* E-line: downtown, F and J streets; and

* F-line: Oak Avenue, Alvarado Avenue (east) and Catalina Drive.

The new doubledeckers run on these high-volume routes:

* B-line: Wake Forest Drive, Sycamore Lane and Drake Drive; and

* G-line: Anderson Road, Alvarado Avenue (west) and Sycamore Lane (north)

The 2010 doubledeckers are Enviro500 models from Alexander Dennis Ltd. in the United Kingdom, with final assembly in Riverside. They run on clean diesel, because there is no room for compressed natural gas tanks on top of the buses or under the buses.

Palmere said Unitrans plans to keep its 1948, 1952 and 1954 doubledeckers in service; two of these run on clean diesel, the other on compressed natural gas.

He credited career and student mechanics with keeping the buses in regular service for more than 40 years — twice as long as they ran in London.

Comments

comments

  • Recent Posts

  • Enter your email address to subscribe to this newspaper and receive notifications of new articles by email.

  • .

    News

    Breaking barriers: For Prieto, it’s all about hard work

    By Lauren Keene | From Page: A1 | Gallery

     
    Council to hear about drought pricing

    By Dave Ryan | From Page: A1

     
    For the record

    By Enterprise staff | From Page: A2

     
    Peaceful Baltimore demonstrators praise top prosecutor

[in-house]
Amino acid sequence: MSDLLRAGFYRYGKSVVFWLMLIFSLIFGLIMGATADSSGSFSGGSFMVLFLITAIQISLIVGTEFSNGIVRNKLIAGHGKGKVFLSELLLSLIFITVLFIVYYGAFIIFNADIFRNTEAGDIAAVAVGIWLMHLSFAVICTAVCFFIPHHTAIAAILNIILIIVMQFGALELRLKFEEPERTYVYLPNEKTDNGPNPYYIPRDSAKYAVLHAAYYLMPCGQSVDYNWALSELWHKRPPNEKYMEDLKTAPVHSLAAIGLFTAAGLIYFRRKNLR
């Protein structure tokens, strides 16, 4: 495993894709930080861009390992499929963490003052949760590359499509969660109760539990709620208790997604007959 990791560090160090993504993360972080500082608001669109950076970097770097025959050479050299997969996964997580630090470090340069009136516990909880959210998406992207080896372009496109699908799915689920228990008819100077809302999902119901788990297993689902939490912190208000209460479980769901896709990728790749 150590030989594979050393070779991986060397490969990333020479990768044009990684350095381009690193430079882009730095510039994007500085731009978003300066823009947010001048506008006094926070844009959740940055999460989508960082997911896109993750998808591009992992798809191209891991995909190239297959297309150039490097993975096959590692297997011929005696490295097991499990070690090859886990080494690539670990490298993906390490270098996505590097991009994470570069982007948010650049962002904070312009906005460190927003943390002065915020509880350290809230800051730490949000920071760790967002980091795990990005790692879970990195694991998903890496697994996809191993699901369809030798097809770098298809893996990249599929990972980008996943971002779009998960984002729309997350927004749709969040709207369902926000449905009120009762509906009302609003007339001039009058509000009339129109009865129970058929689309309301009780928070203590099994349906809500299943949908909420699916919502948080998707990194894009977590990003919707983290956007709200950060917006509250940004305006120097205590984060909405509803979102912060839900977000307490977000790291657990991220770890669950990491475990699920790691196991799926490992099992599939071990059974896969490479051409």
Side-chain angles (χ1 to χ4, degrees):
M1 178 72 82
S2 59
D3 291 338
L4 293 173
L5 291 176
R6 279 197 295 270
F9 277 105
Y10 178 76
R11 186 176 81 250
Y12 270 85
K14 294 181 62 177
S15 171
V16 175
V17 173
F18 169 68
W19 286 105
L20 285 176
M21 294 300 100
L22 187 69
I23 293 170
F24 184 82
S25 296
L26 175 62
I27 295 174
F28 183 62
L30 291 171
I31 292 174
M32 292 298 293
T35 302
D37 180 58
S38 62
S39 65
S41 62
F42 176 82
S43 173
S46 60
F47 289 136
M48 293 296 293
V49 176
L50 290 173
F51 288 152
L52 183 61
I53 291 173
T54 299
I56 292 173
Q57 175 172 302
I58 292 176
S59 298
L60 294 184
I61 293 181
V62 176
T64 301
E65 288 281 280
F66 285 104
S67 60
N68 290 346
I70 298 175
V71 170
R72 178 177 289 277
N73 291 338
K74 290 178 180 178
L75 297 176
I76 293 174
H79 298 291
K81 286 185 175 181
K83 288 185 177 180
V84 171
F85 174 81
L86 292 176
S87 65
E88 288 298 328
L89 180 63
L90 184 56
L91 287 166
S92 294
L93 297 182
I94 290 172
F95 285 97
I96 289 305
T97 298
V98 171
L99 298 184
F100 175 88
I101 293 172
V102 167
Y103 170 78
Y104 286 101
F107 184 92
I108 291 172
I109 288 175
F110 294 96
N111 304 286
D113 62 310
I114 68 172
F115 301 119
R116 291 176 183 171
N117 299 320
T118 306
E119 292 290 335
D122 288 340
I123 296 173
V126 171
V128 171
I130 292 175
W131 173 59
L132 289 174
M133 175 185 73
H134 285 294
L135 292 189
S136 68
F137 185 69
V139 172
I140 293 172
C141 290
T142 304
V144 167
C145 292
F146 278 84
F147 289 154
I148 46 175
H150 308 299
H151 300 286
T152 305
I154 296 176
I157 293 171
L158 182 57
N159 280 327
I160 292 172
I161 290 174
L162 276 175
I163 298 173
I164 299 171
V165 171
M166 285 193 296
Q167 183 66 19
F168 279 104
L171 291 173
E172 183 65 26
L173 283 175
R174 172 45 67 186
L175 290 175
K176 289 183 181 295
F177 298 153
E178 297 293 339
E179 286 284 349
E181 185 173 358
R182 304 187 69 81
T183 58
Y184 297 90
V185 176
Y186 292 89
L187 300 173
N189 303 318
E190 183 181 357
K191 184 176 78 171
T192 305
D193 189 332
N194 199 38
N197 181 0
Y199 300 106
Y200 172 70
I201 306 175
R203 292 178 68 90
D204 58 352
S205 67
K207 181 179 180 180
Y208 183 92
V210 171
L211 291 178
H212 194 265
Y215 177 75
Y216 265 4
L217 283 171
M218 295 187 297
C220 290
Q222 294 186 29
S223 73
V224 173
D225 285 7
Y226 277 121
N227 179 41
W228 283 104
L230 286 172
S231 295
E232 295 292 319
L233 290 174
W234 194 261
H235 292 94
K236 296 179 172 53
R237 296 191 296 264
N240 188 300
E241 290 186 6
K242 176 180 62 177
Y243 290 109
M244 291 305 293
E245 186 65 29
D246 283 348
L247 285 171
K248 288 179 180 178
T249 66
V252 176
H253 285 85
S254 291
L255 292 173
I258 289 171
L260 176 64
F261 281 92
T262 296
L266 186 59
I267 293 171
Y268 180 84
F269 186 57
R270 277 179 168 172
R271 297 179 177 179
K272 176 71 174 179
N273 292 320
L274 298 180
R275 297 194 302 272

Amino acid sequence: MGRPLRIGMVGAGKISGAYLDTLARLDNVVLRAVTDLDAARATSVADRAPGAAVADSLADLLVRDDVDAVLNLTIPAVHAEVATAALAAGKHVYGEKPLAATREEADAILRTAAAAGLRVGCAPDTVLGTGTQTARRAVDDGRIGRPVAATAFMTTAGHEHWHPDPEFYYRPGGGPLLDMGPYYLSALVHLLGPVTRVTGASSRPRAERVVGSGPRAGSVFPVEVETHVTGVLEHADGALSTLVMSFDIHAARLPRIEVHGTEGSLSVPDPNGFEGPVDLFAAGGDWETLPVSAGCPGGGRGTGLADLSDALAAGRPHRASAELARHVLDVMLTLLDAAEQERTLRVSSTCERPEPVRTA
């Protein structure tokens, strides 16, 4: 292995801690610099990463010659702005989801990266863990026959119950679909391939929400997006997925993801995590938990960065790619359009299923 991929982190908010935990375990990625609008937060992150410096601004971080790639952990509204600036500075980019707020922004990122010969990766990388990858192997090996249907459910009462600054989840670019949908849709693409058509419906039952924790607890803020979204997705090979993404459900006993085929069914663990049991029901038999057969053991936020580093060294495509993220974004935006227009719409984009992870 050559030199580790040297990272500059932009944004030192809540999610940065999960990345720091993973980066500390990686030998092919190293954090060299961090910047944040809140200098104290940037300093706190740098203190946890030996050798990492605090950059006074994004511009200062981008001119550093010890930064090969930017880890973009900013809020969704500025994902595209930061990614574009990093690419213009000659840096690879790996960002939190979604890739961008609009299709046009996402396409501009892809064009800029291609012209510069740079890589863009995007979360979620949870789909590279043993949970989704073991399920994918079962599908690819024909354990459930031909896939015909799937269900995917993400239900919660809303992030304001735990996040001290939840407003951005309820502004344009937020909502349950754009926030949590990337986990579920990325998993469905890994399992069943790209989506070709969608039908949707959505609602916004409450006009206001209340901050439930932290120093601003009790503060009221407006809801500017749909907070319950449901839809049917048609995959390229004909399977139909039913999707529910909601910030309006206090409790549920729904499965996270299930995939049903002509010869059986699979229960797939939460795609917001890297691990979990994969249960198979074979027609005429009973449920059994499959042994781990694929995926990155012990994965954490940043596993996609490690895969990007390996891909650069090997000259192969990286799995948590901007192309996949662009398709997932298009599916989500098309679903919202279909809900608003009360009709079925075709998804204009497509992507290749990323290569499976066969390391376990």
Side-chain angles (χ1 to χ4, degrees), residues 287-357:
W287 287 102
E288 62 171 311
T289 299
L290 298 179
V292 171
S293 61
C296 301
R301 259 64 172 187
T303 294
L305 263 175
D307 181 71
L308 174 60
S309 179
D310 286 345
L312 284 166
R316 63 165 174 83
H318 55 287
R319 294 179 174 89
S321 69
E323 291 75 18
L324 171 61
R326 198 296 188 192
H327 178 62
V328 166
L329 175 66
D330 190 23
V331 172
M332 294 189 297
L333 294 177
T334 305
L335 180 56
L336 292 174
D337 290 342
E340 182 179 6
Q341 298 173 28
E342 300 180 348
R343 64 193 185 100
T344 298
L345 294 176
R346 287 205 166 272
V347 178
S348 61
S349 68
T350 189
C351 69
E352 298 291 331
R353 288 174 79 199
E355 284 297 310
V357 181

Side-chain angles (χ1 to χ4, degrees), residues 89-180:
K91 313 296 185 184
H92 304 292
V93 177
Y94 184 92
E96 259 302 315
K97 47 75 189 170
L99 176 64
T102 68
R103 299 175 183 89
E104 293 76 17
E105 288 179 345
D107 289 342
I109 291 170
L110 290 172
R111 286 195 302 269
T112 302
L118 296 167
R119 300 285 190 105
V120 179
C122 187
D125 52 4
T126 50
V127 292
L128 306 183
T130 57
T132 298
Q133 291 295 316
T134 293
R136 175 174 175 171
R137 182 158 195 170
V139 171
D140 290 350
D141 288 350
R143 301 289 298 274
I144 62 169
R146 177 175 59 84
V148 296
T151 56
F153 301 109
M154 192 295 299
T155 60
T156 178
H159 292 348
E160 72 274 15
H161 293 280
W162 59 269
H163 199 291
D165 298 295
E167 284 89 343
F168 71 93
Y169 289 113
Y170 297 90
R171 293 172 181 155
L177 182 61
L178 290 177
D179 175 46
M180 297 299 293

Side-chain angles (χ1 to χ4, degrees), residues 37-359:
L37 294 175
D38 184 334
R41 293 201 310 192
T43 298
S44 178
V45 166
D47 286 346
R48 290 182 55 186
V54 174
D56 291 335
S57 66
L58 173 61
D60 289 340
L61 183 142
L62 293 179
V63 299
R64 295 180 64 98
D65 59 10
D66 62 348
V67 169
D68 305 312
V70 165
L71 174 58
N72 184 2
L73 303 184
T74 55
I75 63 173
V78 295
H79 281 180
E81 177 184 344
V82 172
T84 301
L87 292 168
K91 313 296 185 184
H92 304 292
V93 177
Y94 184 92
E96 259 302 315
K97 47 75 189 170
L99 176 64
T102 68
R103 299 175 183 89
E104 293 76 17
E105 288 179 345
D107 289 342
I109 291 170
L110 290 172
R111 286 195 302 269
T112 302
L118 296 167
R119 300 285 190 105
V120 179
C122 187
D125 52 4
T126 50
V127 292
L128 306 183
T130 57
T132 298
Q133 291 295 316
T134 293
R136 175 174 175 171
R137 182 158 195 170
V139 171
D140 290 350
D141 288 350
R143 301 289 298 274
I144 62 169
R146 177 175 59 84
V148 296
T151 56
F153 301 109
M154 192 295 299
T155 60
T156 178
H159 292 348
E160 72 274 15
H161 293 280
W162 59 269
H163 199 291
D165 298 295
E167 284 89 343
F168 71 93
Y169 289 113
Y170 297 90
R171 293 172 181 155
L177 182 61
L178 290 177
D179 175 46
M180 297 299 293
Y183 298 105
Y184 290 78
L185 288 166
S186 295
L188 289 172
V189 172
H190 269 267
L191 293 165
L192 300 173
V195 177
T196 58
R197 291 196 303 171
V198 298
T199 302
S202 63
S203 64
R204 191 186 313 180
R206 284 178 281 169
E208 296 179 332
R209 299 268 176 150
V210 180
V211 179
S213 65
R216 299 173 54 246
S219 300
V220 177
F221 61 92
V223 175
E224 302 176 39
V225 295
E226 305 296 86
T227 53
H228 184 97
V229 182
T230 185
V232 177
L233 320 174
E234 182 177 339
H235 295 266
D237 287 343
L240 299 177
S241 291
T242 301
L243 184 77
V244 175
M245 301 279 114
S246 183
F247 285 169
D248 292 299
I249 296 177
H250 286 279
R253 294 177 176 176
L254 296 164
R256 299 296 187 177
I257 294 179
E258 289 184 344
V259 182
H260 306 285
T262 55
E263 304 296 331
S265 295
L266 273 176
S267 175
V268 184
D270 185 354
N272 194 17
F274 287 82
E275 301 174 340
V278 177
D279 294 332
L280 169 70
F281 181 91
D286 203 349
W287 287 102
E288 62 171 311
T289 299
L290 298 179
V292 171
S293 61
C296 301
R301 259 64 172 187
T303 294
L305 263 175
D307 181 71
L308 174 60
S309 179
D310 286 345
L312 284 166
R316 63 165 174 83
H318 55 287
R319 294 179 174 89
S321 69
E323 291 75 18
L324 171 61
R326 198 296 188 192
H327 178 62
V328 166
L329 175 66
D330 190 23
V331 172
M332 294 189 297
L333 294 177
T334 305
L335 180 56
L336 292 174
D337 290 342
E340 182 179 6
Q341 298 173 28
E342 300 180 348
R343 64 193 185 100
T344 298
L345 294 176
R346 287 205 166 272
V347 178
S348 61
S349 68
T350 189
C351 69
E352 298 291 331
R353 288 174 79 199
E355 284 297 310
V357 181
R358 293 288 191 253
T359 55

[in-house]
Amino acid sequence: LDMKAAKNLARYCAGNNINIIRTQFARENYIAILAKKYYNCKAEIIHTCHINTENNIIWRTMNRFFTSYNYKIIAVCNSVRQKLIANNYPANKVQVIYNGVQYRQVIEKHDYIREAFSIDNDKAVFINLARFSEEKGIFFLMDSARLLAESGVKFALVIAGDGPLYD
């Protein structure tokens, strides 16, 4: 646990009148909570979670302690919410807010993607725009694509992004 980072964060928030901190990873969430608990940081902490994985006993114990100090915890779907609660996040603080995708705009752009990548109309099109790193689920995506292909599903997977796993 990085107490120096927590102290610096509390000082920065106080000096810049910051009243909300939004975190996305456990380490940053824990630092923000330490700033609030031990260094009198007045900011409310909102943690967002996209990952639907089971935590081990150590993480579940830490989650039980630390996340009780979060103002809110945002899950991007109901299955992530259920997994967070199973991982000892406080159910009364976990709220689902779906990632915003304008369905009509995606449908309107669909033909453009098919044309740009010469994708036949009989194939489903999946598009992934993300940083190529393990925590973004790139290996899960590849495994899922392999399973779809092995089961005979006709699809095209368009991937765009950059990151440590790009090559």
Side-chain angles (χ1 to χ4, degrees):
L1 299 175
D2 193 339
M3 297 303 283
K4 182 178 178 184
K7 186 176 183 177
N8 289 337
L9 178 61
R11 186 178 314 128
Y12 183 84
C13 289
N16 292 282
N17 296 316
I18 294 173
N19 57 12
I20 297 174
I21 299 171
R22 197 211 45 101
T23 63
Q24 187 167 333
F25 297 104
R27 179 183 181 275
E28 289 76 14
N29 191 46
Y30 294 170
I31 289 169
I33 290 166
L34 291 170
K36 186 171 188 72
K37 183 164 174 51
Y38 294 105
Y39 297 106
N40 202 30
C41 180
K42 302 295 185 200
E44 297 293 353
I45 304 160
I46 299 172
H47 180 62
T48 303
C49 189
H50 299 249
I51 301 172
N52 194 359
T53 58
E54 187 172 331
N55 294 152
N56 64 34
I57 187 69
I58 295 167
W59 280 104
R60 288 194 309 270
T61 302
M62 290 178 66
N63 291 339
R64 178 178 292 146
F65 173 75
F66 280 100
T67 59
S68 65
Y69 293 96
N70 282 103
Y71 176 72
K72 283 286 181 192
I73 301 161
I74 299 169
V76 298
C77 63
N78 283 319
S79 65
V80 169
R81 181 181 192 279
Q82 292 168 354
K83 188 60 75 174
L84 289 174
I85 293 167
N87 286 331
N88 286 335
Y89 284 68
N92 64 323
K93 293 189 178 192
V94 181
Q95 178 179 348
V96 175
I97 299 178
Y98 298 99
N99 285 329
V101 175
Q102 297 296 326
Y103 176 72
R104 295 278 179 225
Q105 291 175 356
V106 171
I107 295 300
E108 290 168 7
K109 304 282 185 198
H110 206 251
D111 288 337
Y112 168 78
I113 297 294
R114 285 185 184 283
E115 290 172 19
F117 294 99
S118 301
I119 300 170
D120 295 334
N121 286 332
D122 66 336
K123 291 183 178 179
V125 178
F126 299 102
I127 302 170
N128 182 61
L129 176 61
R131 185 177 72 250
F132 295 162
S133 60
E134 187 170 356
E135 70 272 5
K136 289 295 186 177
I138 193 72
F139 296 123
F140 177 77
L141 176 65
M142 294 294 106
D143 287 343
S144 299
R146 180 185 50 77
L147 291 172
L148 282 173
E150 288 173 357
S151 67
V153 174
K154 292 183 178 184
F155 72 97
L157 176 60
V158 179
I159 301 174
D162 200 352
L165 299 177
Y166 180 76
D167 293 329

By The Associated Press | From Page: A2

    Nigeria: Nearly 300 freed women, children led to safety

    By The Associated Press | From Page: A2

     
    Graveyard thefts land three Woodlanders behind bars

    By Lauren Keene | From Page: A3

    Downtown altercation leads to injuries

    By Anne Ternus-Bellamy | From Page: A3

     
    Woman arrested for brandishing knife on overpass

    By Anne Ternus-Bellamy | From Page: A3

    Yolo DA launches monthly newsletter

    By Enterprise staff | From Page: A3

     
    Can plants talk? UCD prof will answer that question

    By Special to The Enterprise | From Page: A3 | Gallery

    A Scottish setting for local author’s next book

    By Special to The Enterprise | From Page: A3

     
    Indoor Fun Fly comes to Woodland

    By Enterprise staff | From Page: A4

     
    Free beginner yoga class offered

    By Enterprise staff | From Page: A4

    Video discusses surveillance of prostate cancer

    By Special to The Enterprise | From Page: A4

     
    NAMI support group meets May 10

    By Enterprise staff | From Page: A4

    Dr. G featured on the radio

    By Special to The Enterprise | From Page: A4

     
    Fee proposed on rail cars that haul oil, other flammables

    By The Associated Press | From Page: A4 | Gallery

     
    Internships move UCD doctoral students beyond academia

    By Julia Ann Easley | From Page: A5 | Gallery

    Make Mom a warm vanilla sugar scrub

    By Enterprise staff | From Page: A6